Having tried a few interpretations of what a Ristretto is (mostly reading what various experienced people have written here on CS), I have settled on the classic version of restricting the flow rate for a double shot (by tightening the grind) so that I end up with 30-40ml of rich golden nectar in ~30Sec... It's about all I do these days and for me, seems to taste better...

    Mal.
    Mal, do you combine a lower group pressure setting (8.5bar suggested from another thread) with a slightly finer grind to achieve the restricted shot? Or do you tighten the grind only @ 9bar to achieve a 30-40mL double?

    I've been able to achieve a reasonable double ristretto from a 14-18g double basket (30-40mL), but am very hit and miss with the 18-22g "triple" basket (aiming for 45-60mL in 30sec). I am thinking that slightly reducing the OPV pressure may help with the larger basket by not having to grind too fine (and running out of range on the grinder) in an attempt to restrict the shot.

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    TOK
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    Quote Originally Posted by Dimal View Post
    Having tried a few interpretations of what a Ristretto is (mostly reading what various experienced people have written here on CS), I have settled on the classic version of restricting the flow rate for a double shot (by tightening the grind) so that I end up with 30-40ml of rich golden nectar in ~30Sec... It's about all I do these days and for me, seems to taste better...

    Mal.
    I havent done this for a while Mal (because I rarely use the single) but if memory serves correct this is where the deep commercial conical single filter actually has a use.

    If you use this filter, you don't need to readjust the grind from the setting used with the double filter. It (the single) holds 2/3 of the weight of grinds that the corresponding commercial double filter holds, it will brew and flow noticeably more slowly for the same grind setting, and you just dose it up and tamp with the usual care to make your ristretto. Adjust the volume of liquid accordingly to get a comparable character in the cup (to that made with the double) and it also has the benefit of not quite filling you up with a double dose of caffeine (if you were using the double).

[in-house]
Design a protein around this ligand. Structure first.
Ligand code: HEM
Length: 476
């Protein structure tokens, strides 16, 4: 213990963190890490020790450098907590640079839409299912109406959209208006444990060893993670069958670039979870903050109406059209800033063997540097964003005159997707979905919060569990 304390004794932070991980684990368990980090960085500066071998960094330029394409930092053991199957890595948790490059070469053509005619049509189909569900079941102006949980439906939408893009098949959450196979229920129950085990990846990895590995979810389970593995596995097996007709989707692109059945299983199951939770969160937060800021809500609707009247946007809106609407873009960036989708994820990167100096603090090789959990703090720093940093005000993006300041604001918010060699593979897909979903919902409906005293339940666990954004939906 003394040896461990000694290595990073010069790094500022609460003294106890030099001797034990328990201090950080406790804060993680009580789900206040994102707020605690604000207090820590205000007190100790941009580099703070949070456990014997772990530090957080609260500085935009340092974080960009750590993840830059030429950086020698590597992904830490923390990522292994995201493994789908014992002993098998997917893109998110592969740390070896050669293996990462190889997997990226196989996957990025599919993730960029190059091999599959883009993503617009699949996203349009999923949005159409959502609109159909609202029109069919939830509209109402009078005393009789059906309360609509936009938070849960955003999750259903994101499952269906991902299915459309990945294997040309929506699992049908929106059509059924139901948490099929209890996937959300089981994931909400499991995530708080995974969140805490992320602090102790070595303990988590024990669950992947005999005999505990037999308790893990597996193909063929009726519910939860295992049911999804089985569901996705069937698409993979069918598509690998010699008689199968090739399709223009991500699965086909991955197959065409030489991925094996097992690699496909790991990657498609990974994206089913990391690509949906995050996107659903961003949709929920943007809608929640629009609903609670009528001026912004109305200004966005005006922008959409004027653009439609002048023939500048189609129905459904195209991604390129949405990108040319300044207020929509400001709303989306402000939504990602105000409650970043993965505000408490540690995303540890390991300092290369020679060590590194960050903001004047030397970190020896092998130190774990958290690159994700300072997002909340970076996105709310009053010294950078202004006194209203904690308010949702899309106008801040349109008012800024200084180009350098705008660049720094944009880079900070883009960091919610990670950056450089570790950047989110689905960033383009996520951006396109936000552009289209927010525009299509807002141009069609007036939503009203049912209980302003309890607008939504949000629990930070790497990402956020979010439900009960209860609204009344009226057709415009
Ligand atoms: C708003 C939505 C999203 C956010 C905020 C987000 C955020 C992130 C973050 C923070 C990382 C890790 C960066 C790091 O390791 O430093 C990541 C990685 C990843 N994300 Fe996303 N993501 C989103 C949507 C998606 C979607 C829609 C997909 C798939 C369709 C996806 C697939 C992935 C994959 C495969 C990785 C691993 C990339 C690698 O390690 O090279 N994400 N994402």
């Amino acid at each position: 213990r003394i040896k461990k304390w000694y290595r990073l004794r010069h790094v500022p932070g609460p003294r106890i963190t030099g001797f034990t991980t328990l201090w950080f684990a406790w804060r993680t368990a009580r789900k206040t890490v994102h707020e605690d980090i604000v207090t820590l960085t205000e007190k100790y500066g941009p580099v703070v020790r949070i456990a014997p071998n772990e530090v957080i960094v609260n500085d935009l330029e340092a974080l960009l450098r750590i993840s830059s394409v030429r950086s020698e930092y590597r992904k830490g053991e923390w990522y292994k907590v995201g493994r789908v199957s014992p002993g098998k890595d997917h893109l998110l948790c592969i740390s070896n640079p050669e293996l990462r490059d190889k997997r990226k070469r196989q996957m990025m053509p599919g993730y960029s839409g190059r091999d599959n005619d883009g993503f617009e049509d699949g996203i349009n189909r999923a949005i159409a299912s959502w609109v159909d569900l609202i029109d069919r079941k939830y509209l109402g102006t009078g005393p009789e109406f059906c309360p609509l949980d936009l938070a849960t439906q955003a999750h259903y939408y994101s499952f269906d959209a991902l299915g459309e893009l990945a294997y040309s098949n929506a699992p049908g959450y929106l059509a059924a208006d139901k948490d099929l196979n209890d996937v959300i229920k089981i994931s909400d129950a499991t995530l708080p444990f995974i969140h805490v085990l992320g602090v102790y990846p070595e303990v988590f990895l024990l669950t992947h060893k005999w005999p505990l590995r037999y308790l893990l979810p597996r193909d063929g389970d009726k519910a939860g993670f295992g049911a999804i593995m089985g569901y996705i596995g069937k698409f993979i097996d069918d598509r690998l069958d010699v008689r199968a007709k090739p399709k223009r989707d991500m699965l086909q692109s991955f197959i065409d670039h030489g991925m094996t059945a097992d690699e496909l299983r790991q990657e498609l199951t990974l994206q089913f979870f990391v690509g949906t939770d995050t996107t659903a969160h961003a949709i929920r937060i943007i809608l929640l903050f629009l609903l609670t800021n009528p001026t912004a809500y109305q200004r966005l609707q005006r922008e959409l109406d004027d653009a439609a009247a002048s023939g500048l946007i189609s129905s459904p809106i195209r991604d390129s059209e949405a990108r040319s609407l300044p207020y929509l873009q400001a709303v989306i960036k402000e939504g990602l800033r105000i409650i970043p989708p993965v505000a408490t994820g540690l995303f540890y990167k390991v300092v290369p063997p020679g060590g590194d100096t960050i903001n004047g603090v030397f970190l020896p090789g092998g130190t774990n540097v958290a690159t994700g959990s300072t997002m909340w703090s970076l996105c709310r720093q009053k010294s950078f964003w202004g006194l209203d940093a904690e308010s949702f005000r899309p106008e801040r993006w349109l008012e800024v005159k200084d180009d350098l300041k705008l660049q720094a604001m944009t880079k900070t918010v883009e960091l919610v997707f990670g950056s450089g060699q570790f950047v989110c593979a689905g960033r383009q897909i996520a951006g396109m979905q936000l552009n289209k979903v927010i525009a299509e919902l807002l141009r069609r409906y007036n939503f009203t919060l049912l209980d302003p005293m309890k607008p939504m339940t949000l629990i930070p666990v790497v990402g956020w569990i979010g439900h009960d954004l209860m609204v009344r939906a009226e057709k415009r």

Just a thought, and it is very convenient in that the grinder can be left alone....but it has been a while. Might need to revisit.

    This would present a good alternative for use in cafes where you dont really want to muck around with the grind during a run of regular coffees, just to do someone's ristretto.
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    Quote Originally Posted by TOK View Post
    Just a thought, and it is very convenient in that the grinder can be left alone....but it has been a while. Might need to revisit.
    Hmmm, very interesting. Might have to check that out myself...

    Mal.

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    Quote Originally Posted by fredhoon View Post
    Mal, do you combine a lower group pressure setting (8.5bar suggested from another thread) with a slightly finer grind to achieve the restricted shot? Or do you tighten the grind only @ 9bar to achieve a 30-40mL double?
    G'day mate...

    No, I don't play around with the Brew Pressure at all - I probably check it about once per year these days and so long as it remains within the ballpark of 8.5-9.0Bar, I leave it alone.

    Not really talking about a significant change in grinder setting though, to achieve this. In the case of my Mazzer, probably only a half a graduation or so. If we have friends and/or relos over, I tend to use full espresso shots as mostly they prefer milk coffees so switching back to a Ristretto doesn't require much of a change.

    What sort of a grinder are you using at the moment?

    Mal.

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    Interesting thread - thanks!

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    Quote Originally Posted by Dimal View Post
    What sort of a grinder are you using at the moment?

    Mal.
    I have a 2nd hand Compak K6, grinding ristretto at the end of the adjustment range just before the burrs start to "chirp". I am hoping replacing the burrs will give me a bit more room to play with (although to my untrained eye they don't look and feel too worn).

    I theorise that the relationship between brew pressure and restriction (grind particle size), would mean lower pressure = less restrictive grind for the same shot time/volume and possibly a wider range between espresso and ristretto grinds.

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    Excellent grinder Fred...

    The burrs tend to go blunt right down at the narrowest point at the bottom and can be a bit hard to check for sharpness. If you're finding that you need to almost touch the burrs to get the fineness you need, then they are most likely quite worn. You won't believe the difference a new set of burrs will do for quality in the cup...

    Mal.
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    Behmor Brazen - $249 - Free Freight
    Just a little afterthought.

    This morning I made myself a ristretto using the method I described in post #10 (using deep single filter and no adjustment to grind). It produced an excellent little number that I drained right down to the very last drop....